McHugh shakes off rain, shines on big stage
Astros starter holds Royals to 2 runs on 4 hits in postseason debut
KANSAS CITY -- A 49-minute rain delay is just long enough to give a manager reason to not have his starting pitcher return to the mound when play resumes. It's also short enough for a manager to feel relatively confident his pitcher can keep pitching.
Astros manager A.J. Hinch picked the latter when deciding on the Game 1 fate of right-hander Collin McHugh. Citing a "soft rule" of about an hour when deciding if a pitcher could keep going when play resumed, Hinch said he never really considered not sending McHugh back out.
McHugh rewarded that decision by leading his team to its second postseason win of 2015, in his first career postseason start, as the Astros topped the Royals in the opener of the American League Division Series, 5-2.
After waiting out rain and lightning that halted the game after the second inning, McHugh pitched four more frames, allowing four hits and two runs total over the six-inning outing.
There really wasn't much discussion among Hinch and his coaching staff about McHugh during the delay. He was staying in.
"It goes pitcher by pitcher," Hinch said. "I think the key is knowing your guys, knowing a little bit of delivery, a little bit of arm action, a little bit of comfort with where he was. We checked in with him a couple times. But he was never really coming out of that game."
That was McHugh's understanding, too, as he stayed warm in the clubhouse waiting for the rain to pass.
"I got in the clubhouse, and I think I was making people nervous because I was pacing around the whole time," he said. "I threw some heat on my arm and pretty much just paced and made sure I wasn't going to let myself get tight."
That course of action seemingly worked. McHugh threw 92 pitches, scattering four hits and walking one.
"The first inning after [going] back [out] was about as good an inning as he had the whole night," Hinch said. "I would say where it came into play was a little bit more [at] the 90-pitch mark. When he got through the sixth and we have a fresh 'pen that's matched up pretty well against them, I paid a little bit of attention to the delay at that point."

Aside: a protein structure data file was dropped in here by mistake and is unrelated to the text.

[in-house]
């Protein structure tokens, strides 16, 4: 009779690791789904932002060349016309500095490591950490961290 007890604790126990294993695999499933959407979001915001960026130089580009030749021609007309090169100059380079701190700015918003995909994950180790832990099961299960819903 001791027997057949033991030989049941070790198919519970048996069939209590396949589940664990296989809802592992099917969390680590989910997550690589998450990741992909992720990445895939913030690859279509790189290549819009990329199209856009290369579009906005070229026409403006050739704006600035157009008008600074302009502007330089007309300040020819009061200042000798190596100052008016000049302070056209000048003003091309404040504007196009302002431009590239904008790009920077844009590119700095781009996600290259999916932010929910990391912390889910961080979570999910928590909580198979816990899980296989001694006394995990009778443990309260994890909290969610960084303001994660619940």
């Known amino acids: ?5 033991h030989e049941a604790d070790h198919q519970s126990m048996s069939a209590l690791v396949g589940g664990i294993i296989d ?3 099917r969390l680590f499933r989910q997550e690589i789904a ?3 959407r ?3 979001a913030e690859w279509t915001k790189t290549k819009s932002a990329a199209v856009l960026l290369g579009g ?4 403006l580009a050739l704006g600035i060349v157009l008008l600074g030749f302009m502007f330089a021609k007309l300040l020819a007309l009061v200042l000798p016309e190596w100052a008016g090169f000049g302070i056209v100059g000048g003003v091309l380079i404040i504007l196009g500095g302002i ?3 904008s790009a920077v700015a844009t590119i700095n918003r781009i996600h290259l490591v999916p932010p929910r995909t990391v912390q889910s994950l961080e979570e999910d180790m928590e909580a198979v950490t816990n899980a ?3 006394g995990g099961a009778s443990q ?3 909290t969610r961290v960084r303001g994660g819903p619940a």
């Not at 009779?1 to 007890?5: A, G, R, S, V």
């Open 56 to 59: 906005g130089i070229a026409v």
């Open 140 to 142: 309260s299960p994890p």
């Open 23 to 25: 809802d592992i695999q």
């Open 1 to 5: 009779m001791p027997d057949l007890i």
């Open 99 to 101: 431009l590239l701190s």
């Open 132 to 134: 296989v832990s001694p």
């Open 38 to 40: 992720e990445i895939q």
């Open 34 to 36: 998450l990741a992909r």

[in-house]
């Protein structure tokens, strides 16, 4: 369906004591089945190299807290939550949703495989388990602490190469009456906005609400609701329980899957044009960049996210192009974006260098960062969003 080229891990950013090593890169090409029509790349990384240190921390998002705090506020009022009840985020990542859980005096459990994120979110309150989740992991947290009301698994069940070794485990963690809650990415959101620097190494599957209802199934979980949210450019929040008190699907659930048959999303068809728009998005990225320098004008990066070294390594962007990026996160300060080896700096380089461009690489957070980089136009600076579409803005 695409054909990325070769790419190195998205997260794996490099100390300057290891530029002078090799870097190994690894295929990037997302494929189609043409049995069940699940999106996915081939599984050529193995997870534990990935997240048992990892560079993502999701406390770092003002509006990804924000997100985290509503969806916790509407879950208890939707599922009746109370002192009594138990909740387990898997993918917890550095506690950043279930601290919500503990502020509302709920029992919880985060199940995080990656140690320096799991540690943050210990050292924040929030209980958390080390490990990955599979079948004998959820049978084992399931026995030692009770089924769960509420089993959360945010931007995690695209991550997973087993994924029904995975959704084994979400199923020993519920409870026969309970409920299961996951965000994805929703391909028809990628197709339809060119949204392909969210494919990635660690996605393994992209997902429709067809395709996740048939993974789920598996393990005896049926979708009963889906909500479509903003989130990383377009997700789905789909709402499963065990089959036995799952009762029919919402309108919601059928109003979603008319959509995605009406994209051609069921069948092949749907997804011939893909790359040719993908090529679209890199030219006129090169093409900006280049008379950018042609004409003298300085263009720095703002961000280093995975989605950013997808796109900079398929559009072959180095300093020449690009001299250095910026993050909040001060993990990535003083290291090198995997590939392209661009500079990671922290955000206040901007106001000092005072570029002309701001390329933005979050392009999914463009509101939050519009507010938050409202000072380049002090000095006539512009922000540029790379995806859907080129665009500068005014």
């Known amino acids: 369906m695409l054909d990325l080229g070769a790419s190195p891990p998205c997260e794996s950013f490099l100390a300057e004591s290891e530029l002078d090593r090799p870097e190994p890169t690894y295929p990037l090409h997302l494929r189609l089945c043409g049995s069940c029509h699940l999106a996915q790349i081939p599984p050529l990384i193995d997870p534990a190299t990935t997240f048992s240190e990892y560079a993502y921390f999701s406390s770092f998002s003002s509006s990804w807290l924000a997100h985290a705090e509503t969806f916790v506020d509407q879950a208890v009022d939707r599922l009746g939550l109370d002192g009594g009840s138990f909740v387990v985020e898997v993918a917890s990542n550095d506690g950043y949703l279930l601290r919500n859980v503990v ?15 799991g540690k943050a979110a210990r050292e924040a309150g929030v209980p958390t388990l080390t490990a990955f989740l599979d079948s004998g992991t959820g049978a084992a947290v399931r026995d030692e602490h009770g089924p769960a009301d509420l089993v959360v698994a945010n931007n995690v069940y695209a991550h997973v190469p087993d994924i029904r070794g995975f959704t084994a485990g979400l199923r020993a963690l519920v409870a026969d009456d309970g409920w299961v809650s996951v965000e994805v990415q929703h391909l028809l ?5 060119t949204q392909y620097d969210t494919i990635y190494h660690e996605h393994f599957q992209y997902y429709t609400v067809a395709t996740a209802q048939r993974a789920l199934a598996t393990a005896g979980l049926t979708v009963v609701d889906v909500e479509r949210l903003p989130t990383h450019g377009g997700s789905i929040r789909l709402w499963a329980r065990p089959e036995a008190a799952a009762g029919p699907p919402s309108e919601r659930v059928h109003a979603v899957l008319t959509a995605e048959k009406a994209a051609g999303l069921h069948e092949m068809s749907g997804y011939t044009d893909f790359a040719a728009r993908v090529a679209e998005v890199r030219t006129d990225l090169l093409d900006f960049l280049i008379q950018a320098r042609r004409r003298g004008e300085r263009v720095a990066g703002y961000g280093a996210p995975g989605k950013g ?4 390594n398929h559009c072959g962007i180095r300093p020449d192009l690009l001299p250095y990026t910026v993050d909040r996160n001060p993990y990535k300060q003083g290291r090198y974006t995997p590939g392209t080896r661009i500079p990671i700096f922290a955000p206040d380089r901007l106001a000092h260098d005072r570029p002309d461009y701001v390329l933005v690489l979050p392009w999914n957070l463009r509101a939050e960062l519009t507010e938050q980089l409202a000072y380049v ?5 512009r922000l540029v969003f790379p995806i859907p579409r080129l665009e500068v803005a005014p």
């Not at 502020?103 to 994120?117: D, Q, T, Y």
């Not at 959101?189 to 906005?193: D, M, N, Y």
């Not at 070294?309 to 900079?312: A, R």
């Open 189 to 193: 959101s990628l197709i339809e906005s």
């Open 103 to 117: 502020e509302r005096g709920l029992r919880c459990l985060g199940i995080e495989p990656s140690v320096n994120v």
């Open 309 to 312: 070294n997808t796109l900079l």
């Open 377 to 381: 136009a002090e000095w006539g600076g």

Both Royals runs came off the bat of one hitter -- Kendrys Morales, who hit solo shots in the second, before the delay, and the fourth, after play resumed.
"The first at-bat, I made a good pitch to him," McHugh said. "It was a cutter up and in off the plate. That was six or seven inches off the plate, and he turned on it. Not only turned on it, kept it fair, which is impressive."
The pitch to Morales in his second at-bat? Not so good.
"It was a changeup I put out there on the tee for him," McHugh said. "Not on purpose. But just kind of hung right there for him, and he put another good swing on it."
McHugh, a 19-game winner in the regular season, has been somewhat overshadowed by AL Cy Young Award candidate Dallas Keuchel, the bearded ace and leader of the pitching staff. But McHugh's contributions over the past two seasons have been key in the Astros' quicker-than-expected turnaround.
And McHugh's performance on a national stage Thursday night provided a perfect setting to introduce himself to a larger audience.
"He has a lot of weapons to pitch to some weaknesses in the hitters, and he's put together a string of starts that will convince you that you don't sneak up on 19 wins," Hinch said. "That's a lot of wins."